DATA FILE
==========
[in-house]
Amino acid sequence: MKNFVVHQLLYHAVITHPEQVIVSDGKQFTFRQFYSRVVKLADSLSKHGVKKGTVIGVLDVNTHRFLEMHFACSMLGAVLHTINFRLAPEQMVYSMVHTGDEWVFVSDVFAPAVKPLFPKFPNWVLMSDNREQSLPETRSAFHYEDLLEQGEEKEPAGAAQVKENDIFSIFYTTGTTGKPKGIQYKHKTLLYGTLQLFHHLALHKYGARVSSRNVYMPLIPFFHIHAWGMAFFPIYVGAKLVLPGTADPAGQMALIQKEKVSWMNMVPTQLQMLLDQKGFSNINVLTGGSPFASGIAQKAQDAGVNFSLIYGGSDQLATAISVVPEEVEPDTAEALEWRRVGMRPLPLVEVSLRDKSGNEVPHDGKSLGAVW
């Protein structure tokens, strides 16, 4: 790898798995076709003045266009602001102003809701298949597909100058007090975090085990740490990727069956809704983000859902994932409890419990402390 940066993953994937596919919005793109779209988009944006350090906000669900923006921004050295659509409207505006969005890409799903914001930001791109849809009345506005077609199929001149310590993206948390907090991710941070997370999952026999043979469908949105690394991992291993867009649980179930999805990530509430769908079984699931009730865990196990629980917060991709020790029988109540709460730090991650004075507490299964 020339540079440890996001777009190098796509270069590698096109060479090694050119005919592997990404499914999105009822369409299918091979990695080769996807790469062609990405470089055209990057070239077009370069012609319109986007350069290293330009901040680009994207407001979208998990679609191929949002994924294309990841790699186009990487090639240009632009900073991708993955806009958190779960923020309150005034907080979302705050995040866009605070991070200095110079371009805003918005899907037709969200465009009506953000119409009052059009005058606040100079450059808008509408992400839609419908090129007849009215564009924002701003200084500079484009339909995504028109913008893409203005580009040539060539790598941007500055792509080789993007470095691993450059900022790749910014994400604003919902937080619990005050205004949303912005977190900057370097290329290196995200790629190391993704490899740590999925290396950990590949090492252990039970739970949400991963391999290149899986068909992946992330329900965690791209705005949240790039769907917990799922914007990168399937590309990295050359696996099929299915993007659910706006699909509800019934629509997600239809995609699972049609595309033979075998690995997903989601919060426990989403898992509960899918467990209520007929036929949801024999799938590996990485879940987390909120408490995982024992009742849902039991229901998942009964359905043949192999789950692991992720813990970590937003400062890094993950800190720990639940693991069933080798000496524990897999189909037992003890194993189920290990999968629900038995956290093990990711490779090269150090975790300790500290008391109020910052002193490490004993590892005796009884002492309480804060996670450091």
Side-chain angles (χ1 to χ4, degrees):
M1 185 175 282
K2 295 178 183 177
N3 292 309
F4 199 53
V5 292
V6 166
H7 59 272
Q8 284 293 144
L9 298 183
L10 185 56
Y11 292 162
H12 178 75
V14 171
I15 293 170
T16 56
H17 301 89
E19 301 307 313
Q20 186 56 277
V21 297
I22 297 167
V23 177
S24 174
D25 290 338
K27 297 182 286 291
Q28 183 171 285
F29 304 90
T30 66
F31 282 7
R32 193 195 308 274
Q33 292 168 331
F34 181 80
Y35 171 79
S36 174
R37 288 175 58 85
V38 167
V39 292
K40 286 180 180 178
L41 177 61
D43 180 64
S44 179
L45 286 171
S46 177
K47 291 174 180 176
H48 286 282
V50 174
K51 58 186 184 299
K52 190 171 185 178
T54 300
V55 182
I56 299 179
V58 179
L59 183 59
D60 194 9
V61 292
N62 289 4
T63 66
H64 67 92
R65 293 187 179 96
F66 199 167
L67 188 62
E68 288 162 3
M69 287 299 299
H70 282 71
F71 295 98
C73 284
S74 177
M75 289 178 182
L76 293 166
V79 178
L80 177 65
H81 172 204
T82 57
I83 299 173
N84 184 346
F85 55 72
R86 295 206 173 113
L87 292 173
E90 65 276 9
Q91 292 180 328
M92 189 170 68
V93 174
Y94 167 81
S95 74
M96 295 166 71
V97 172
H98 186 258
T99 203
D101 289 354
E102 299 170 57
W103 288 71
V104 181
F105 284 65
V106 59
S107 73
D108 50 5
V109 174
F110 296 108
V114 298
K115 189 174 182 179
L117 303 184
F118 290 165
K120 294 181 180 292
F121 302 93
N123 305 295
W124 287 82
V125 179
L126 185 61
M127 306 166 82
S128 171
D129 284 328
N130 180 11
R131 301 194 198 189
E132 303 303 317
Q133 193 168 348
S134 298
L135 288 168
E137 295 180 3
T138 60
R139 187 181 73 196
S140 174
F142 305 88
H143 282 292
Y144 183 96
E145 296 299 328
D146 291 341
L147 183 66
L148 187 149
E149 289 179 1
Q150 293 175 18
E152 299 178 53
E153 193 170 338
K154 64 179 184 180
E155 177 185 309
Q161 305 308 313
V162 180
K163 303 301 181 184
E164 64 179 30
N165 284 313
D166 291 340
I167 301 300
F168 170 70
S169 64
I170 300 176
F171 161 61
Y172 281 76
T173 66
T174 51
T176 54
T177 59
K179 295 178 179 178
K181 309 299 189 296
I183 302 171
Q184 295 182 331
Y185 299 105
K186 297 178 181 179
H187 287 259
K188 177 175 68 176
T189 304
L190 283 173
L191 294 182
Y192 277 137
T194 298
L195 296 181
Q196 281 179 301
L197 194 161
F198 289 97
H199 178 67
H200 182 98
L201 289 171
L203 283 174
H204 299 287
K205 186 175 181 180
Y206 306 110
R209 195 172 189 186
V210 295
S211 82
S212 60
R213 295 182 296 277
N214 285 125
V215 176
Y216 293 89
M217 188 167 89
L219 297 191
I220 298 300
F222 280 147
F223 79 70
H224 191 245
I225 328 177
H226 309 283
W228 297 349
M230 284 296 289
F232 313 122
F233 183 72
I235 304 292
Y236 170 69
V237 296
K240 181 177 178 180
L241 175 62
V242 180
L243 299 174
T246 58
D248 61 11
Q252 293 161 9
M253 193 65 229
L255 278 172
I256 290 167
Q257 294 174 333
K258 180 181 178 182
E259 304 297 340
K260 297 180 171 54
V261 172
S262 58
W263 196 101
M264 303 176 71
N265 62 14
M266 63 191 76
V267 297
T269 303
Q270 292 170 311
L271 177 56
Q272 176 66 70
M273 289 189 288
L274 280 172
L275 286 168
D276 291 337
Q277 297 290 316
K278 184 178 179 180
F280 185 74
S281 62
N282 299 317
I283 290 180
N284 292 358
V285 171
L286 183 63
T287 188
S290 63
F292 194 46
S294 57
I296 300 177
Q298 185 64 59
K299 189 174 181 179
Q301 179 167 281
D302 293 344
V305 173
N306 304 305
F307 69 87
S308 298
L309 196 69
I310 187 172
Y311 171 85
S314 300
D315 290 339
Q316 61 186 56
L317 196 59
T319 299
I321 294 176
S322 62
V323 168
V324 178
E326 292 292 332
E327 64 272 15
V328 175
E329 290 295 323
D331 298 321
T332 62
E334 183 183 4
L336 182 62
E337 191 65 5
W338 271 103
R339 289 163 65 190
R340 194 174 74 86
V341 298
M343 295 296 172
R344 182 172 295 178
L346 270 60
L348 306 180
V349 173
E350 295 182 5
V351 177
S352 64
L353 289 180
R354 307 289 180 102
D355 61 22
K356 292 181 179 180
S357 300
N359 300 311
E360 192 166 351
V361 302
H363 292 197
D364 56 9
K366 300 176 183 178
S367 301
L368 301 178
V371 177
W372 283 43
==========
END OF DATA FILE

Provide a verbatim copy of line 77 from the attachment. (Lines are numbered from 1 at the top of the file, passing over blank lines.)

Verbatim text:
I83 299 173